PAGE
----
The relationships between lengthening capacity of seedlings and the post-fire germinative behaviour of six Cistus species
Document Type: Journal
Author(s): S. Chamorro-Moreno ; J. L. Rosua-Campos
Publication Year: 2004

Cataloging Information

  • Africa
  • Cistus spp.
  • ecosystem dynamics
  • fire management
  • forest management
  • heat effects
  • Mediterranean habitats
  • Morocco
  • post fire recovery
  • rockrose
  • seed germination
  • seedlings
  • shrubs
  • soil temperature
  • wildfires
  • International
Record Maintained By:
Record Last Modified: June 1, 2018
FRAMES Record Number: 52613
Tall Timbers Record Number: 29775
TTRS Location Status: Not in file
TTRS Call Number: Available
TTRS Abstract Status: Okay, Fair use, Reproduced by permission

This bibliographic record was either created or modified by the Tall Timbers Research Station and Land Conservancy and is provided without charge to promote research and education in Fire Ecology. The E.V. Komarek Fire Ecology Database is the intellectual property of the Tall Timbers Research Station and Land Conservancy.


Several thermal treatments simulating forest-fire effects were applied to the seeds of six Cistus species to ascertain both the maximum temperature endured, and the temperature interval needed to break their dormancy. The greatest lengthening capacity of the hypocotyls was also determined. Taking into account the typical temperatures reached in the soil profile during several forest-fire regimes, together with both the lengthening capacity of the hypocotyls, and the germinative behaviour after different thermal pulses of the seeds, we established a theoretical range of burying depth at which these seeds endure the pyrogenic heat pulse, break their dormancy, germinate, and emerge from the soil. For buried seeds, the data revealed three groups with different tolerance to forest fires: the cluster of C. crispus, C. ladanifer and C. monspeliensis, and the cluster of C. albidus and C. populifolius, which withstood thermal pulses of low and high intensity, respectively; and C. salvifolius, which withstood moderate-intensity heat pulses. The data analysis indicated that elongation capacity of the hypocotyls accounted for the above interspecific differences. In addition, some traits of the seeds as size, and capacity of dissemination away the mother-plant, together with soil texture and fire regime are discussed to in terms of the interspecific differences in post-fire colonization behaviour of these species.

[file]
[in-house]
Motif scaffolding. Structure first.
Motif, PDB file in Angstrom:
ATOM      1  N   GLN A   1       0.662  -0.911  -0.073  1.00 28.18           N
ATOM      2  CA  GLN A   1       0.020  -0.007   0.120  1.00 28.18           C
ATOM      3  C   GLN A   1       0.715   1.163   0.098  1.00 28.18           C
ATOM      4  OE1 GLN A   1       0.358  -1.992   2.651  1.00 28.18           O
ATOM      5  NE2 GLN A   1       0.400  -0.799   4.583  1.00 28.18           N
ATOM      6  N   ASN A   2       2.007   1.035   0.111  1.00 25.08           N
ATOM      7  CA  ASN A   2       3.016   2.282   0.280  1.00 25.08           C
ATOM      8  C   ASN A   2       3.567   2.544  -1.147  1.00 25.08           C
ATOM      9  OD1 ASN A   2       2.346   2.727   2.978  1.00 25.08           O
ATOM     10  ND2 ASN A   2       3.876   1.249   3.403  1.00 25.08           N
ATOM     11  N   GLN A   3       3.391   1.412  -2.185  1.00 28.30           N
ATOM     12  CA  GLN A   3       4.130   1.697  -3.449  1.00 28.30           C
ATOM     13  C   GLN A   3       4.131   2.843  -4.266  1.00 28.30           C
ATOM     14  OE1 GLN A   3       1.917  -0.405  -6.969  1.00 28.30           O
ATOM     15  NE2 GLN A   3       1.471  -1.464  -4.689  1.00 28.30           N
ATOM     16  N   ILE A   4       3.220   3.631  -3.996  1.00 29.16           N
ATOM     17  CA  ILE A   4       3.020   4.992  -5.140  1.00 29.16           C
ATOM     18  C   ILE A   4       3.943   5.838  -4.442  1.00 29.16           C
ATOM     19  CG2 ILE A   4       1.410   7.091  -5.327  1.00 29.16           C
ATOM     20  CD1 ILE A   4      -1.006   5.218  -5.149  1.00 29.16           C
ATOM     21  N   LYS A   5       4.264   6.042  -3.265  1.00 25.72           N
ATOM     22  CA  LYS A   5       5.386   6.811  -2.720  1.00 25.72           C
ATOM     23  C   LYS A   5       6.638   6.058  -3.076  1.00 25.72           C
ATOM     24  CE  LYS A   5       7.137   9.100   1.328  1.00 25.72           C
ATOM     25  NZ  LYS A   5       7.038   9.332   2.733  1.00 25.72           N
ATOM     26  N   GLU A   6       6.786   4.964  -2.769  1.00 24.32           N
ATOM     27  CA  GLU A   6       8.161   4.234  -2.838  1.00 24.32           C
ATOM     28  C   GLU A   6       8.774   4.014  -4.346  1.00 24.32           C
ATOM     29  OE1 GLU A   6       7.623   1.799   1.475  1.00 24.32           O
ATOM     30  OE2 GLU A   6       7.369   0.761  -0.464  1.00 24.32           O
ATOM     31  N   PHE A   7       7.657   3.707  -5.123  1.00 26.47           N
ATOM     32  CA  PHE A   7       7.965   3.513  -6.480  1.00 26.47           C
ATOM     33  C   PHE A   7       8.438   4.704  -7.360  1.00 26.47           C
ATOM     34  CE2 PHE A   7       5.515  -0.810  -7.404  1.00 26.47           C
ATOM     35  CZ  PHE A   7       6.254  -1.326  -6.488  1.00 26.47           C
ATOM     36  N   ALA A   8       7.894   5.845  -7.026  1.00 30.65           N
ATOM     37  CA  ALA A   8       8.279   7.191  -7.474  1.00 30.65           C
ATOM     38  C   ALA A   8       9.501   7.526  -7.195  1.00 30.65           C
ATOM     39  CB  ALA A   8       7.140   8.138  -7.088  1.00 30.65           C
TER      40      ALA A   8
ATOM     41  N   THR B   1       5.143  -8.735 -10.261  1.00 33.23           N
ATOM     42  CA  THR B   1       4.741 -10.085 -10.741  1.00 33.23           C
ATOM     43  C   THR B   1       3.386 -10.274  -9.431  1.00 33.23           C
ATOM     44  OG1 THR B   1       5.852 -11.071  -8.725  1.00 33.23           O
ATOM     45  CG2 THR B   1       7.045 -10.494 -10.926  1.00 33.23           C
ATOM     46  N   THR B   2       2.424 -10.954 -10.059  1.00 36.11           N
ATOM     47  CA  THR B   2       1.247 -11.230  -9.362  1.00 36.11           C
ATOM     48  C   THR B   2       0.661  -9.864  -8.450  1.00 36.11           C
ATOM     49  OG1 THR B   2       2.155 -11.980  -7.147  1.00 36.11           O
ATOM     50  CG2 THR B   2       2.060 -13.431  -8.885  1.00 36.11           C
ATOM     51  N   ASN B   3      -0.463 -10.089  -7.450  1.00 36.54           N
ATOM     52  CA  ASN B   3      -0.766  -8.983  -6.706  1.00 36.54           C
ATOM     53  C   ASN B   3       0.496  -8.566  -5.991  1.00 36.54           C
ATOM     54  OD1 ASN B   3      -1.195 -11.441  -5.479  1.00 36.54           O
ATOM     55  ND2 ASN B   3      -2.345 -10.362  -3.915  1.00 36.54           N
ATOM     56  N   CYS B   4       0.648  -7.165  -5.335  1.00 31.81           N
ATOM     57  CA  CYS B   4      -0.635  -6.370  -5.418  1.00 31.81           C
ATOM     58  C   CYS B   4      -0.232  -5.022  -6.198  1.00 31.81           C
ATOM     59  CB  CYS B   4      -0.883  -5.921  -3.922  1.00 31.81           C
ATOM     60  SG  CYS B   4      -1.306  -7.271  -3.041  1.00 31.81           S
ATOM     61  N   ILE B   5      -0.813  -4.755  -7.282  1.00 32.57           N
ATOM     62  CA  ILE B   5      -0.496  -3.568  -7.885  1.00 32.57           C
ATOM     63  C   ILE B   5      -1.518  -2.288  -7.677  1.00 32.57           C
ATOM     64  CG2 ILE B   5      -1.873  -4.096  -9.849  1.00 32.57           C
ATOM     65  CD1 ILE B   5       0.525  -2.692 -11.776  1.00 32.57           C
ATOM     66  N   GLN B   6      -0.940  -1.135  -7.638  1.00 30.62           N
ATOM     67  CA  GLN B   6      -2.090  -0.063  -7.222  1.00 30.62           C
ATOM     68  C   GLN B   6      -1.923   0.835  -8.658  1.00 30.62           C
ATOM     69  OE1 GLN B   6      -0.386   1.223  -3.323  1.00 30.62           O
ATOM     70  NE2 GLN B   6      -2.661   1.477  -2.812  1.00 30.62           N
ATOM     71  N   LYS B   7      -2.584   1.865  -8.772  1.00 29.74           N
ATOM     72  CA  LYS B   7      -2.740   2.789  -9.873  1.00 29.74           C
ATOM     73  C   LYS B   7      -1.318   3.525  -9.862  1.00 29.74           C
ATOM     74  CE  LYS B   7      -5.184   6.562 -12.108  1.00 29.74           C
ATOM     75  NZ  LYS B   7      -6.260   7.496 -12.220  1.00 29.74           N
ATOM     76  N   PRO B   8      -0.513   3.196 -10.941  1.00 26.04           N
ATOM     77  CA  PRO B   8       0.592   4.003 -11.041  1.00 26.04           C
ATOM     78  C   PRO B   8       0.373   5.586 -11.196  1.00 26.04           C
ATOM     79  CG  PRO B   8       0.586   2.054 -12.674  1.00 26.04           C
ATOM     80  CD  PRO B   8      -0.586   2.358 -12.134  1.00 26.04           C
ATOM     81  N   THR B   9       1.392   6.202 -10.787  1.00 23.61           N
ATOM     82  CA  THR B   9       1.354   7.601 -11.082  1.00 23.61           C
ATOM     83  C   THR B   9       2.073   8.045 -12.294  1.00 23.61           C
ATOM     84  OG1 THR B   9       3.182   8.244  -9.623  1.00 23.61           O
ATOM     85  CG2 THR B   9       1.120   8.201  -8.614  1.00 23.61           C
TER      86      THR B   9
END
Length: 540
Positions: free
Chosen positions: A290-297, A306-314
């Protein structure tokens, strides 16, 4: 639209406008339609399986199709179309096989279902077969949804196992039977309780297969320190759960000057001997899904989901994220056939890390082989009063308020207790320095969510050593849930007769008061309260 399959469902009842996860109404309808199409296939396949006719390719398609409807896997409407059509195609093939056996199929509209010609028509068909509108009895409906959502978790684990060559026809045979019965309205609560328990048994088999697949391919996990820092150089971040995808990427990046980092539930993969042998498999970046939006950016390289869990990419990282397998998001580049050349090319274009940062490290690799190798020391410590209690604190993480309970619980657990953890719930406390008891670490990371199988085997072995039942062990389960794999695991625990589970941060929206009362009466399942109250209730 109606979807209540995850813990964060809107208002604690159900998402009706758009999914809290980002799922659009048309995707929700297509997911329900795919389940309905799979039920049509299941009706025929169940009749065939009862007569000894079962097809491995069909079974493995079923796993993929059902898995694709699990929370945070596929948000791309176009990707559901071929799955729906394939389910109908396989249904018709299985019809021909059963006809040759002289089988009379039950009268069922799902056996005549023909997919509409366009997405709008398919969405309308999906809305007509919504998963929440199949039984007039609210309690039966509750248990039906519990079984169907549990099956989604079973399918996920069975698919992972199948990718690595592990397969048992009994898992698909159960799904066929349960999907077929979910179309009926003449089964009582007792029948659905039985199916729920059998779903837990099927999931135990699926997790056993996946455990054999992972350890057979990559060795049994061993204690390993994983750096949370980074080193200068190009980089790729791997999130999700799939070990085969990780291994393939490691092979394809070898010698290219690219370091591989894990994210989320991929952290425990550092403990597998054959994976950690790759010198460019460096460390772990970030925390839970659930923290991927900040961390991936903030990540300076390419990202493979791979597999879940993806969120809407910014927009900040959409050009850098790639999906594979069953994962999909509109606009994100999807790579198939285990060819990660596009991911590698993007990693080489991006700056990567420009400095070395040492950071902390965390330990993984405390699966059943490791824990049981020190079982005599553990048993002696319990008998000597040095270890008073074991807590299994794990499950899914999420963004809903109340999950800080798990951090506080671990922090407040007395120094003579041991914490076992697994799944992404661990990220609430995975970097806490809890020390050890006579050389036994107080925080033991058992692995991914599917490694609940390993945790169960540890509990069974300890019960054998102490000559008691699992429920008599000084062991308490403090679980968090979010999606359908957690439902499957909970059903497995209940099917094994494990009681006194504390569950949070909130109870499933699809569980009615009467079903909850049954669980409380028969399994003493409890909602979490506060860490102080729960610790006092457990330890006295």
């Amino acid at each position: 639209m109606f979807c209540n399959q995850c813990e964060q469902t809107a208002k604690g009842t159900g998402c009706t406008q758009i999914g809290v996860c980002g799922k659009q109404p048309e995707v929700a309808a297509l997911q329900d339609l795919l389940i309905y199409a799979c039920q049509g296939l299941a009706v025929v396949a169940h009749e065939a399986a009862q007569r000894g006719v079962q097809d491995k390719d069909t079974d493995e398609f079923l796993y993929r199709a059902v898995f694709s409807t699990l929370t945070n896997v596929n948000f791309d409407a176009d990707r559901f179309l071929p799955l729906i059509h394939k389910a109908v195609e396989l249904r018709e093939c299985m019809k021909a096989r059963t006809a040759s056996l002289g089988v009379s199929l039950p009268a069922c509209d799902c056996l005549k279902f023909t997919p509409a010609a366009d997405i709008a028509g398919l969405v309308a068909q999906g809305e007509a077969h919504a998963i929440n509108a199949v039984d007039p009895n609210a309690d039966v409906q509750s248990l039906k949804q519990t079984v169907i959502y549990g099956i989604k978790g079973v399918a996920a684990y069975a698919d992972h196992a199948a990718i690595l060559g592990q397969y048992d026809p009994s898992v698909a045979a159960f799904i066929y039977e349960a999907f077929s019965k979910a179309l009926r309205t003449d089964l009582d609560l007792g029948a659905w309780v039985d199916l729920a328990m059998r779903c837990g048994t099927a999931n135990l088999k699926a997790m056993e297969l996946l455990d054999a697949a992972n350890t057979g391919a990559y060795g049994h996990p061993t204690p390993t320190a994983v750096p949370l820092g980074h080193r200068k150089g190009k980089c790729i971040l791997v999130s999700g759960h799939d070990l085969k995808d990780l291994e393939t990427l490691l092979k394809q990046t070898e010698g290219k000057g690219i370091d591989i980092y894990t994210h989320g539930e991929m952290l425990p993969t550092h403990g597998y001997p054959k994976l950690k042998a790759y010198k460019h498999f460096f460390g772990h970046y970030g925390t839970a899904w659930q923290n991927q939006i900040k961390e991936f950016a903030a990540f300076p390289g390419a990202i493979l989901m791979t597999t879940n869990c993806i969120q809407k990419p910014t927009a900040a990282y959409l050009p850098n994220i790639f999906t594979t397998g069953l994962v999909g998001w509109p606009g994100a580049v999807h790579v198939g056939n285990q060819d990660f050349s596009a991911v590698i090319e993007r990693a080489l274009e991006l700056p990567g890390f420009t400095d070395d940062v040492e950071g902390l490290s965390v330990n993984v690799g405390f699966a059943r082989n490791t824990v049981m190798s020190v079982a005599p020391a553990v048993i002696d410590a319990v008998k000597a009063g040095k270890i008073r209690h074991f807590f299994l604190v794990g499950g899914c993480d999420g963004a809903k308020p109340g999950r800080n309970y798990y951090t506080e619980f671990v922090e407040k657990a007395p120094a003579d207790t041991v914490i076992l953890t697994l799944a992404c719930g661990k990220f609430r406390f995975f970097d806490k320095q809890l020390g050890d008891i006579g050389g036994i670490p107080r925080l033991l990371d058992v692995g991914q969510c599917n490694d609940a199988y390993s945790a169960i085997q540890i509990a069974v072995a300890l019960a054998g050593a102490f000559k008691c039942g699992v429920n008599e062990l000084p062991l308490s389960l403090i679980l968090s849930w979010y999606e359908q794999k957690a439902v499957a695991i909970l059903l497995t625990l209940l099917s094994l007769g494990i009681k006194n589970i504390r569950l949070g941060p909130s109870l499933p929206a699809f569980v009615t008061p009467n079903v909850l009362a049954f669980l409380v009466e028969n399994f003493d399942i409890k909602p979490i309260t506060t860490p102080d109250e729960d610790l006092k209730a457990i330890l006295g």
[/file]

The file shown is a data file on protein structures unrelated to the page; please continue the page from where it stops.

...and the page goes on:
Online Link(s):
Chamorro-Moreno, S., and J. L. Rosua-Campos. 2004. The relationships between lengthening capacity of seedlings and the post-fire germinative behaviour of six Cistus species. Revue D Ecologie La Terre et La Vie, v. 59, no. 3, p. 409-424.